I know it’s an overused cliche, but absolute power corrupts absolutely – enough is enough already. There is no way in hell I am going to have my primary machines vulnerable to an ongoing “authentication” process that may decide to disable a machine based on a arbitrary decision by Microsoft.

Stu says:

pulling support for XP

Beefcake says, “MS would first try to force it by pulling support for XP.”

Aside from security patches, what support does one need?

Furthermore, most security issues are of minor “real” importance, since you have to go to some lengths to actually be affected. I never see statistics on their actual effects – only potential ones.

Although all the threats we read about can happen, you have to wonder about the true level of danger.

Remember, the security industry has an interest in keeping us scared.

I’m an IT Mgr and I pay close attention to security at my company – including educating my users.

Anonymous Coward says:

Re: There were two mentions....

Just to clarify: running games under Linux generally involves WINE or Cedega. They do not require you to install Windows, they provide compatibly for Windows executables.

On new Macs, they run on Intel chips. Apple graciously provides the Parallels software that allows you to dual boot Windows and Mac OS X.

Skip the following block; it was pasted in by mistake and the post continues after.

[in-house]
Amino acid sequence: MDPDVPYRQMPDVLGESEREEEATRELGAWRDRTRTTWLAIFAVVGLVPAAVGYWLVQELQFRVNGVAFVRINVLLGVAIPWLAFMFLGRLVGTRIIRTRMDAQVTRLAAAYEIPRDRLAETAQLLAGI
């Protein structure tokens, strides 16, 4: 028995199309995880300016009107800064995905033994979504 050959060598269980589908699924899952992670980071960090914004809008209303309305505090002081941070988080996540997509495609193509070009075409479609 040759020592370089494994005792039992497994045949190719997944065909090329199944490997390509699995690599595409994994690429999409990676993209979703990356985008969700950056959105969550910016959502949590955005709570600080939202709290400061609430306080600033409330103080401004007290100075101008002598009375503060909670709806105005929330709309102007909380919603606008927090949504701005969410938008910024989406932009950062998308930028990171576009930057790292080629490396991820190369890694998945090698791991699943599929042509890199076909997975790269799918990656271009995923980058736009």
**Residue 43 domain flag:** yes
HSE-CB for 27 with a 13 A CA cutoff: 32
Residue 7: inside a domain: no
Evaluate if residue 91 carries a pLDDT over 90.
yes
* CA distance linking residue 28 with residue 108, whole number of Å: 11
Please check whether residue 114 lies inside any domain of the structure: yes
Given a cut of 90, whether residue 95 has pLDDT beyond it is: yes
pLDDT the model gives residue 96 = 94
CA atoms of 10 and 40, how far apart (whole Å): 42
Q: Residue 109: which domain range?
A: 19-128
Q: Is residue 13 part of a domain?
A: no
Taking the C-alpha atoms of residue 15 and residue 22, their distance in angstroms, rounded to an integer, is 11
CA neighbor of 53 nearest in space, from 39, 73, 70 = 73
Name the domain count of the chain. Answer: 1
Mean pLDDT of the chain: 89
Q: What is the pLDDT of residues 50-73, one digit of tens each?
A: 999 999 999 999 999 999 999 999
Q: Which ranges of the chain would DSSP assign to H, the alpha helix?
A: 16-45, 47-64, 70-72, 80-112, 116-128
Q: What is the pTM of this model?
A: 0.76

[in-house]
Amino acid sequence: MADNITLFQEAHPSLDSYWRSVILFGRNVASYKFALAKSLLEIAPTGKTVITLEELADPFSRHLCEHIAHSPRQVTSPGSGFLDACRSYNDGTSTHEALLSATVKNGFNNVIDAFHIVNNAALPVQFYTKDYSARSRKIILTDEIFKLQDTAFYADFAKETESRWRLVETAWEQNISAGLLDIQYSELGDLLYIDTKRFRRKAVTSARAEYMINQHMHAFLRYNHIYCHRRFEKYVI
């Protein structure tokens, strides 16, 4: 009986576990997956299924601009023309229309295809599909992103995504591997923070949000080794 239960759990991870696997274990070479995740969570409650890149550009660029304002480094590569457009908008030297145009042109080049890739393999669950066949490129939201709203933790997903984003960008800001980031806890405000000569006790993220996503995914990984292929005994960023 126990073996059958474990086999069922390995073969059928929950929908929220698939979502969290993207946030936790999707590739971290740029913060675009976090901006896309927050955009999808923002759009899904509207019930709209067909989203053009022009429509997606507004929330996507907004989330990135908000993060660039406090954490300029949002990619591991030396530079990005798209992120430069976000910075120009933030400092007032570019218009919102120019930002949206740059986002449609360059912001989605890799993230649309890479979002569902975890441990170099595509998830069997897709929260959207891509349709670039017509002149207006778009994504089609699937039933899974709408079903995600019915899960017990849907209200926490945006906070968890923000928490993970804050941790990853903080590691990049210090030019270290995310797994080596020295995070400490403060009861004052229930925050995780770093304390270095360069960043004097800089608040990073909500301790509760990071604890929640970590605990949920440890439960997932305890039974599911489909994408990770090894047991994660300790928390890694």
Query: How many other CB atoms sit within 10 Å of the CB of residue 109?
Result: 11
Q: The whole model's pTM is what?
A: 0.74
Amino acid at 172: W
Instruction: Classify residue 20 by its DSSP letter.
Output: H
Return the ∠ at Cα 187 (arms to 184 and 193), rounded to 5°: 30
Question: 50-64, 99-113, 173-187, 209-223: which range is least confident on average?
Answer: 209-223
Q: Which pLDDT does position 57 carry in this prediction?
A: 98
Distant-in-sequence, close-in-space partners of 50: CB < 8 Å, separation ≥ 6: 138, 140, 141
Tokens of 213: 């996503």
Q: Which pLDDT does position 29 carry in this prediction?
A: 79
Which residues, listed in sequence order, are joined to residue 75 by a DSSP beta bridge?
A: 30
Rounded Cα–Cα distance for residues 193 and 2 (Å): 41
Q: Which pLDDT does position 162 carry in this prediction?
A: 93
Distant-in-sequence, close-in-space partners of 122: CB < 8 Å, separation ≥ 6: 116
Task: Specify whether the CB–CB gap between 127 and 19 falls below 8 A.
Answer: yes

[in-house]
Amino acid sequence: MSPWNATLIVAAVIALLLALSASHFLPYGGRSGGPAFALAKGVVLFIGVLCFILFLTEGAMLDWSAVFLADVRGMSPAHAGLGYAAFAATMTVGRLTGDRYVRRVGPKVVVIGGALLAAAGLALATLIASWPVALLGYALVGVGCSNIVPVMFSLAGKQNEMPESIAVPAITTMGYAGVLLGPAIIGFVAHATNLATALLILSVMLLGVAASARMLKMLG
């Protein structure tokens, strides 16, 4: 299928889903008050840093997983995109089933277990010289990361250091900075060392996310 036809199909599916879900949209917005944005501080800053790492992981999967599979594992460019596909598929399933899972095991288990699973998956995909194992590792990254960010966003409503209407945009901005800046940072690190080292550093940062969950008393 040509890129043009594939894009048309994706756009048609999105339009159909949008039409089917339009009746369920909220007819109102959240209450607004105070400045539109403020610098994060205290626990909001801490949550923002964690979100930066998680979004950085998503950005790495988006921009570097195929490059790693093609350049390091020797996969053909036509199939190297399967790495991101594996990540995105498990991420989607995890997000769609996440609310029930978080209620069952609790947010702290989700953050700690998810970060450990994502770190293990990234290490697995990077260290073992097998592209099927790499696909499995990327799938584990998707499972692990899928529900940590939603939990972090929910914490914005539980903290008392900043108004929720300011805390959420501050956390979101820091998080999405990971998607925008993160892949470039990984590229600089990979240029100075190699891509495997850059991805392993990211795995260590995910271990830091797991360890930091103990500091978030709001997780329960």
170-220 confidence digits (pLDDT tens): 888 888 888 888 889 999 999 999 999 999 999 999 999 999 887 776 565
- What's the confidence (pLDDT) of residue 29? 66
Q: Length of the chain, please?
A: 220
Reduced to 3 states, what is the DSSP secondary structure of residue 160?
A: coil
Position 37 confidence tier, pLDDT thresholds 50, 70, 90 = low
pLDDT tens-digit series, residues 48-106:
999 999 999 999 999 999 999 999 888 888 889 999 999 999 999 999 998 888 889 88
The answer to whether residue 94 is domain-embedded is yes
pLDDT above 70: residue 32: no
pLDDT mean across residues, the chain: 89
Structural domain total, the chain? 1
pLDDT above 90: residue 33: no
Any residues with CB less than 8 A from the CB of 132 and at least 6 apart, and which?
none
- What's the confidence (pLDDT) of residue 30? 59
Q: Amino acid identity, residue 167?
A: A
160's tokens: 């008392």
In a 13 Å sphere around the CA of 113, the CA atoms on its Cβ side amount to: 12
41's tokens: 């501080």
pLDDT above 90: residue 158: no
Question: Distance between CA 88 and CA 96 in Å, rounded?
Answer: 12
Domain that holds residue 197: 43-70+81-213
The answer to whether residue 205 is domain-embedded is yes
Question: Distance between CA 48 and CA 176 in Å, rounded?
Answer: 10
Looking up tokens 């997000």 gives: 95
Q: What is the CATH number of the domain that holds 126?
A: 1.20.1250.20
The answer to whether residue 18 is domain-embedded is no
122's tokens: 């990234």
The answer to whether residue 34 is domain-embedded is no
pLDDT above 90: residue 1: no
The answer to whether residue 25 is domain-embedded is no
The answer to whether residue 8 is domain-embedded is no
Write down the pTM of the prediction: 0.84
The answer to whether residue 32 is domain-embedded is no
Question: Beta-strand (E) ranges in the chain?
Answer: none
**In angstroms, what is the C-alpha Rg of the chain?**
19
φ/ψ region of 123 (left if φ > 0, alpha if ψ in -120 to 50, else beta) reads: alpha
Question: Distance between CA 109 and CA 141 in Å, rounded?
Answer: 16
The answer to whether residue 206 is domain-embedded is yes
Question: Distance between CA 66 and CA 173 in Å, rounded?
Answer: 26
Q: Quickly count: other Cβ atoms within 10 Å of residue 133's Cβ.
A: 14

So Windows isn’t running “under” either OS. However, in the case Mac OS X, yes one would have to agree to the EULA.

Xiera says:

They can't be that stupid can they?

I’m going to give them the benefit of the doubt and assume they (Microsoft) overlooked many of the things we’re talking about here. I’m also going to stick with XP Pro because, as Stu mentioned, there’s no reason to change.

That said, I’m also going to look into several Linux/Unix OSs. (Currently have Fedora Core 5 VM and the installer for Solaris 10.)

Gabriel Tane (profile) says:

One Sided Contracts

“This has been an ongoing argument, as people point out that a contract you have no right to negotiate over shouldn’t be considered an agreement on both sides.”

What do you think your insurance is? One-sided contracts are legaly enforcable, so long as both sides have agreed to the terms of that contract. And by clicking “I Accept” on the EULA, you are agreeing to those terms.

Is it ethical? Probably not. Legal? Yup.

Aaron says:

Re: Re: One Sided Contracts

I was wondering that myself, not saying there hasn’t been one, but I really can’t remember hearing about a mainstream case involving the testing of a EULA in court. Most of the piracy cases involved do not involve the EULA at all.

The other question is now that Microsoft, our lord master apparently, is sending out software and actively disabling installations that it doesn’t like, what kind of liability are they opening themselves up to?

Anonymous Coward says:

Re: Re: Re: One Sided Contracts

Doesn’t anyone get the fact that the EULA has no legal standing?

why do you think the banks have you sign all the paperwork for a loan BEFORE you get the loan.

even for how powerfull the bank is they can’t force an agreement after they have rendered a service!

thats why there are no court cases over it!